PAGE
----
A Film by
Italian with English sub titles
Run time : 97 minutes
17th Aug 2008; 5.45 pm
Ashwin Hospital auditorium
Call : 94430 39630
Luchino Visconti’s 1957 film, Le Notti Bianche / White Nights, winner of the Silver Lion Award at that year’s Venice Film Festival, and adapted from a Fyodor Dostoevsky story of the same name.Luchino Visconti’s Le notti bianche, an exquisite adaptation of Dostoyevsky’s White Nights, translates this romantic, shattering tale of two restless souls into a ravishing black-and-white dream.
The time is never specified, but the story is likely set in the mid-twentieth century, as can be attested by scattered cultural markers such as neon signs and pop music. Yet, with just the slightest change of scenery and costume the characters could be living anywhere in history. Along the way we are treated to some wonderful acting, albeit in a very restrained manner, even when Mario performs a very Chaplinesque dance routine at a rock and roll club where he takes Natalia.
Mastroianni, as always, gives a great performance. We can see that, unlike in his many other roles, this time he is playing a truly shy man. Mario displays sincerity and an unwieldy presence around women, even though he is handsome and the object of affection for other women in the film — even the local prostitute (Clara Calamai) who is obsessed with him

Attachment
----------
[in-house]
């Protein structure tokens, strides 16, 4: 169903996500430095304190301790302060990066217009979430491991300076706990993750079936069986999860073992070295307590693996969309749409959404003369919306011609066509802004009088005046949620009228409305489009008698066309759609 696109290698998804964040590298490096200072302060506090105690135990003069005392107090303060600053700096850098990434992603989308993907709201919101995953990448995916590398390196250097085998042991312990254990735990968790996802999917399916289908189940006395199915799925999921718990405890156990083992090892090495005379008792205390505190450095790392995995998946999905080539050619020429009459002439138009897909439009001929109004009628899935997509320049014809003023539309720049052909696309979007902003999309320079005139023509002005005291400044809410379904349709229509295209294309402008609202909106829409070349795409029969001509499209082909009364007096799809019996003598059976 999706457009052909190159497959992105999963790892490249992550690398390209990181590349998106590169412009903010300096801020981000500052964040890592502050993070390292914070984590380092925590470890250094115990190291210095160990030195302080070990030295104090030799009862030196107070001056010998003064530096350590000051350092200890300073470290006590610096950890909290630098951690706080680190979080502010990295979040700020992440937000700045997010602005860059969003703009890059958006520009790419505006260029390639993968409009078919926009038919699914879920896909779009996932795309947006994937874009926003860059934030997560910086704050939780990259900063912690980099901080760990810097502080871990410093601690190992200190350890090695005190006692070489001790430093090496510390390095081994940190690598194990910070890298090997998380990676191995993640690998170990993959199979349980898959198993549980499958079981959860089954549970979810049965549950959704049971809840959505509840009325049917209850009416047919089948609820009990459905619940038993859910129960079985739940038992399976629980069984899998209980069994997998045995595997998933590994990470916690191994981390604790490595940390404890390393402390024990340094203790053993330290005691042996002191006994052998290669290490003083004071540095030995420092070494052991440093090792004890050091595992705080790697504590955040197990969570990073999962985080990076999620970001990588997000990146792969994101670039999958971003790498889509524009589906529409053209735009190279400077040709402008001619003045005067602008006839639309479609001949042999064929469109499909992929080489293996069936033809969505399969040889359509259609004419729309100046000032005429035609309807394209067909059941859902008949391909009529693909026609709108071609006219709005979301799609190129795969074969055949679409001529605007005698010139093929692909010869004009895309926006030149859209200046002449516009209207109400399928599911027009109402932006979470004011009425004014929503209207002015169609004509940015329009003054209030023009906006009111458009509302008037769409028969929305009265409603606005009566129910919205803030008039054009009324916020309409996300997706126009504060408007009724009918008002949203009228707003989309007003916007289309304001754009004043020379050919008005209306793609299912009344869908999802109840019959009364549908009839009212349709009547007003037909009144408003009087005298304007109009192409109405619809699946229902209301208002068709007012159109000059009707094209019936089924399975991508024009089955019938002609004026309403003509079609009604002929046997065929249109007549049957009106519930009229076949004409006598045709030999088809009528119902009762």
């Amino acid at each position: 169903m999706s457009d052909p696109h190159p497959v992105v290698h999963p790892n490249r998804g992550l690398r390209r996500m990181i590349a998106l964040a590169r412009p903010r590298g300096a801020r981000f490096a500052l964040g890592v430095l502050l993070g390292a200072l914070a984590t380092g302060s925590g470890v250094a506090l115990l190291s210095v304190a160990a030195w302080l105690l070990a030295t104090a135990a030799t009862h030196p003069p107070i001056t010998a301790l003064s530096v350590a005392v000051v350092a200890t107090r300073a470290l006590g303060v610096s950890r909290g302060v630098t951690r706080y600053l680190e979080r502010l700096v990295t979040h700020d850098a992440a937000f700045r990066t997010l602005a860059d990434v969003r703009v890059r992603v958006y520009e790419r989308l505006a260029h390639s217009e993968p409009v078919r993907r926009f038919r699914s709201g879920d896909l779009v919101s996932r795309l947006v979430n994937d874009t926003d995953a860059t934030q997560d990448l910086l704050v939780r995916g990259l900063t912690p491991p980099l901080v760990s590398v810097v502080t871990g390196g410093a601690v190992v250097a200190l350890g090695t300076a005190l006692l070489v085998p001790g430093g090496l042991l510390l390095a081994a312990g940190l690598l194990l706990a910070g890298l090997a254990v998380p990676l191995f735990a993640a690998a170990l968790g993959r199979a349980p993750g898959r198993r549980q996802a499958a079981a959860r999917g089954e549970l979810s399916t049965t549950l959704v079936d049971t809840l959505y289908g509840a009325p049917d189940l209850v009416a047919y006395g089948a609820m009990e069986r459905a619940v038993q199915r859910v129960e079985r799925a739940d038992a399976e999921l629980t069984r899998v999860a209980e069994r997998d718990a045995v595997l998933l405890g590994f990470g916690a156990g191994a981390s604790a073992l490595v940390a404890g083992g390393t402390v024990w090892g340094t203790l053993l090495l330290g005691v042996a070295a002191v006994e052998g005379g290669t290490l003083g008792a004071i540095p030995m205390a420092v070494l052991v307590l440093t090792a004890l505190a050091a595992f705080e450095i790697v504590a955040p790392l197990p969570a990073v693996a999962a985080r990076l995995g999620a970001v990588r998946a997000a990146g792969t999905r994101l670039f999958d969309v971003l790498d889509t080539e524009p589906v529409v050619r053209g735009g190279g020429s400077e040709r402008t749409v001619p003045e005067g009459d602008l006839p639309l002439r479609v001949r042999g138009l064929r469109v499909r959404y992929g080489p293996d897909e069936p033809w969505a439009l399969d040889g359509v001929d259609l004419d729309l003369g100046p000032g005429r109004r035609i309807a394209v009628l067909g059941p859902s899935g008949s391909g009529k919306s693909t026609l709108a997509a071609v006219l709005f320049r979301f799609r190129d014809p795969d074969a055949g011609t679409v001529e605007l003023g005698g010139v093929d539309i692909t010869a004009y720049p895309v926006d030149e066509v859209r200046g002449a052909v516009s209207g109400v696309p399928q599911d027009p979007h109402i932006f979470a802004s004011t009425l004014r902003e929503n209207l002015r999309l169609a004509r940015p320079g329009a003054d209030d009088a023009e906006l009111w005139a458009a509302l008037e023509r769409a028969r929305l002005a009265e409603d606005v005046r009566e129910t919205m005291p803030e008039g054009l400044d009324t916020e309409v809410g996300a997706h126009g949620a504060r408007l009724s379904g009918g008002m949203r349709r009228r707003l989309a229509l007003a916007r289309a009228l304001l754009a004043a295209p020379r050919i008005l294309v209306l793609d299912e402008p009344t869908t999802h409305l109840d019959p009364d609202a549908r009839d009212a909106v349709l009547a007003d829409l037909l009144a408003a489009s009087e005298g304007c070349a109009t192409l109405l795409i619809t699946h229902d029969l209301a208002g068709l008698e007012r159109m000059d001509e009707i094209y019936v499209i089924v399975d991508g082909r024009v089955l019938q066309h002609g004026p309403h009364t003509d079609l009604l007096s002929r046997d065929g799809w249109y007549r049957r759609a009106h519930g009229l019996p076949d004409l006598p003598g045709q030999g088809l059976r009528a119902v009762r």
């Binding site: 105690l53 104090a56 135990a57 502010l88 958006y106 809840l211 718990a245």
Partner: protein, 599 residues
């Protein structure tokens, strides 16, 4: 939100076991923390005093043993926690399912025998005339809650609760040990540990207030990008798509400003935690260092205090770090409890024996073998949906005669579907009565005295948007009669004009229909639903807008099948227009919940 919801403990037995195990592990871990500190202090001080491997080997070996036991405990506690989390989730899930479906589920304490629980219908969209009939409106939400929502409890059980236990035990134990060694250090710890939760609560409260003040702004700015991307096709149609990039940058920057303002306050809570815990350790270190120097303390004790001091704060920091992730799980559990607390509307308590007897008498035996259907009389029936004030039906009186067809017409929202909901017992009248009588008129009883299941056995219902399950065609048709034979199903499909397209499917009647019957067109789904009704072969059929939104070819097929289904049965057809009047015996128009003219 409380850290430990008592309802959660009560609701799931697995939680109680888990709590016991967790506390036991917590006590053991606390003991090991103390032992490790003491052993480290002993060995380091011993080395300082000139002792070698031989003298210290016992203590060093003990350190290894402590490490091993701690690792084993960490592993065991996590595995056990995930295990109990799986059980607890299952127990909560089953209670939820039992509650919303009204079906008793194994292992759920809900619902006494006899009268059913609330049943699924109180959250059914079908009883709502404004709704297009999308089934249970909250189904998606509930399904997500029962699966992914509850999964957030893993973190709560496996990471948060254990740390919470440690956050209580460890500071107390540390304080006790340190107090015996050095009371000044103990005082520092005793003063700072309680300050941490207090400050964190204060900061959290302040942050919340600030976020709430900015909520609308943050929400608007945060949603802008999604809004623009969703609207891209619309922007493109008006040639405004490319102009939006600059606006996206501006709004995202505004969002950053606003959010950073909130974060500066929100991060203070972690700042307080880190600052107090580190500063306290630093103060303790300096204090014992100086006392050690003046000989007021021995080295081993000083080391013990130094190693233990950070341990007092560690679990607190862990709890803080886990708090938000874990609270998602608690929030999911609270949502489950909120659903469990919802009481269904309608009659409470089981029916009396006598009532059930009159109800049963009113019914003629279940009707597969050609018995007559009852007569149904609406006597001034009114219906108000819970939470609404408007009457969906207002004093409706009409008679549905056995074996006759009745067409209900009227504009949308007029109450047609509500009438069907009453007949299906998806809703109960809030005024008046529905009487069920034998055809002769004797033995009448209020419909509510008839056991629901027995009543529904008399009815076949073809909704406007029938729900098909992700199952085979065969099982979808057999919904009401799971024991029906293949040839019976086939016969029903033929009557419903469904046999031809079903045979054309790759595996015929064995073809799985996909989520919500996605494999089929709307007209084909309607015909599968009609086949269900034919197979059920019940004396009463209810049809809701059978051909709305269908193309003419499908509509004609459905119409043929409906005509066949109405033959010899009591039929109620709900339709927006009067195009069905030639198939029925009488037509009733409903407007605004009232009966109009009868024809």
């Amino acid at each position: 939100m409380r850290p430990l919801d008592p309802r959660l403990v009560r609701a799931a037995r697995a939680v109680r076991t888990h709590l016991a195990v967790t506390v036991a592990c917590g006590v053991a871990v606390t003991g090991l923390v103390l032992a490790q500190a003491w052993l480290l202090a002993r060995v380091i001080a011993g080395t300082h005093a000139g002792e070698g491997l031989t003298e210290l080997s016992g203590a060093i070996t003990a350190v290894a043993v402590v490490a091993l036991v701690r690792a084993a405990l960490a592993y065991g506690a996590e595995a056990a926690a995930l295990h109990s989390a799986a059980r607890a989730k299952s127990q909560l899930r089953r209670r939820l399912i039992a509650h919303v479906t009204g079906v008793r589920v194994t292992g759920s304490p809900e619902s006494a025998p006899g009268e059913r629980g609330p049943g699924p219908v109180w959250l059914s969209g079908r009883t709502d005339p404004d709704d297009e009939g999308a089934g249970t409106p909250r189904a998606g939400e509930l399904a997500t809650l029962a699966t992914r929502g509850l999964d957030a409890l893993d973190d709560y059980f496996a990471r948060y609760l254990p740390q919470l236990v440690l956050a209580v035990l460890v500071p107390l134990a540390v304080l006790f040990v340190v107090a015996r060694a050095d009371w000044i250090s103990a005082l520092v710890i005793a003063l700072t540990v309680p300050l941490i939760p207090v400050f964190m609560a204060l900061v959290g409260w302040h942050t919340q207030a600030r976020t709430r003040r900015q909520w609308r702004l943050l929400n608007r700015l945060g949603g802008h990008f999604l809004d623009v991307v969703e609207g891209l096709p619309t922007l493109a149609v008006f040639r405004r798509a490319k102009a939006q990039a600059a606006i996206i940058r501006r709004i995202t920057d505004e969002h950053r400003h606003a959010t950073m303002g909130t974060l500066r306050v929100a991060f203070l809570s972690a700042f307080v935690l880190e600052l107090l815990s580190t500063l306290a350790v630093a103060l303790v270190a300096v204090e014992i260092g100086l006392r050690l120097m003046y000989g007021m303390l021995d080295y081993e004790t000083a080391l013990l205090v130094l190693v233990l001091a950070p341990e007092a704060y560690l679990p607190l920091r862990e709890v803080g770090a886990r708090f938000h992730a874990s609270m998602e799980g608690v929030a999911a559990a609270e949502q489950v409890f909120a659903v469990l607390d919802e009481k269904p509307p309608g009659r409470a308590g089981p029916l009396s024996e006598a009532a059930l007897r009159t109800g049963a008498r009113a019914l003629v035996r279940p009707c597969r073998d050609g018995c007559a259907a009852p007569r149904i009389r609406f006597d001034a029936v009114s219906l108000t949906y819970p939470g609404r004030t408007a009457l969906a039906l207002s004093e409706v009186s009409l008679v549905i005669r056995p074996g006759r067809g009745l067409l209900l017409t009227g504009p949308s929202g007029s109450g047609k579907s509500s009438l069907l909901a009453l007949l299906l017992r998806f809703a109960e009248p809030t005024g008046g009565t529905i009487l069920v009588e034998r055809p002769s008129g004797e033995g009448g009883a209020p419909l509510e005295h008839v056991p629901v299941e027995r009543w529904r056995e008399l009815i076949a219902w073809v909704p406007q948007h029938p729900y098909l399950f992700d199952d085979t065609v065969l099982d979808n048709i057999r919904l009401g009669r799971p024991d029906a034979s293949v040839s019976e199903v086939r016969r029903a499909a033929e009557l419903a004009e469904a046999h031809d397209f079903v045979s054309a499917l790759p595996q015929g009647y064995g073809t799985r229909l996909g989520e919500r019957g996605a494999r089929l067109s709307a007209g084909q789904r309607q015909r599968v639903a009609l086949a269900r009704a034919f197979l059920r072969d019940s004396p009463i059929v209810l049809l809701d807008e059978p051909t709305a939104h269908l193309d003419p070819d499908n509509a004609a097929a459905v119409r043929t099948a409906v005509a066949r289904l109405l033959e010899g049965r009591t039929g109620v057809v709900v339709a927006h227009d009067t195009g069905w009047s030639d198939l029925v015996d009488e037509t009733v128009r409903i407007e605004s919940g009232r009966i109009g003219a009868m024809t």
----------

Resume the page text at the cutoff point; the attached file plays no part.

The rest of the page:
Maria Schell, as Natalia, has a less formally demanding role — that of the classic naive waif. Throughout much of the film her character moons wide-eyed at the camera while recalling a scene from her past. She is the classic submissive woman waiting for a knight or prince to ‘take her away from all this’ — even though her life is not that bad, for her family obviously has taken good care of her.
White Nights, however, transcends the banality of contemporaneous American love tales by simplifying its story into a minimalist parable, while deepening its archetypes. Thus, the film avoids falling into all the easy clichés of the narrative form, resulting in a sort of operatic melodrama of the lost and naive.
Aristocrat and Marxist, master equally of harsh realism and sublime melodrama, Luchino Visconti (1906-1976) was without question one of the greatest film directors of the mid-twentieth century. Immensely rich and a bit of a dilettante, he went to
In 1937 he worked with Renoir on Une partie de campagne and was imbued with a lifelong love of cinema. Returning to
With the costume spectacular Senso in 1954 he applied his theatrical talents to a more melodramatic form, while retaining his commitment to a Marxist interpretation of
In all his films, regardless of period or subject matter, visual splendour is combined with meticulous realism and deep historical and psychological insight. Famous as the embodiment of art cinema, films such as The Leopard and Rocco were also hugely popular at the box office, particularly in
At the same time, however, Visconti never compromised his art. He was fanatical about detail, but even more so about the integrity of his vision, which he expected the audience to be able to share.
Source : Geoffrey Nowell-Smith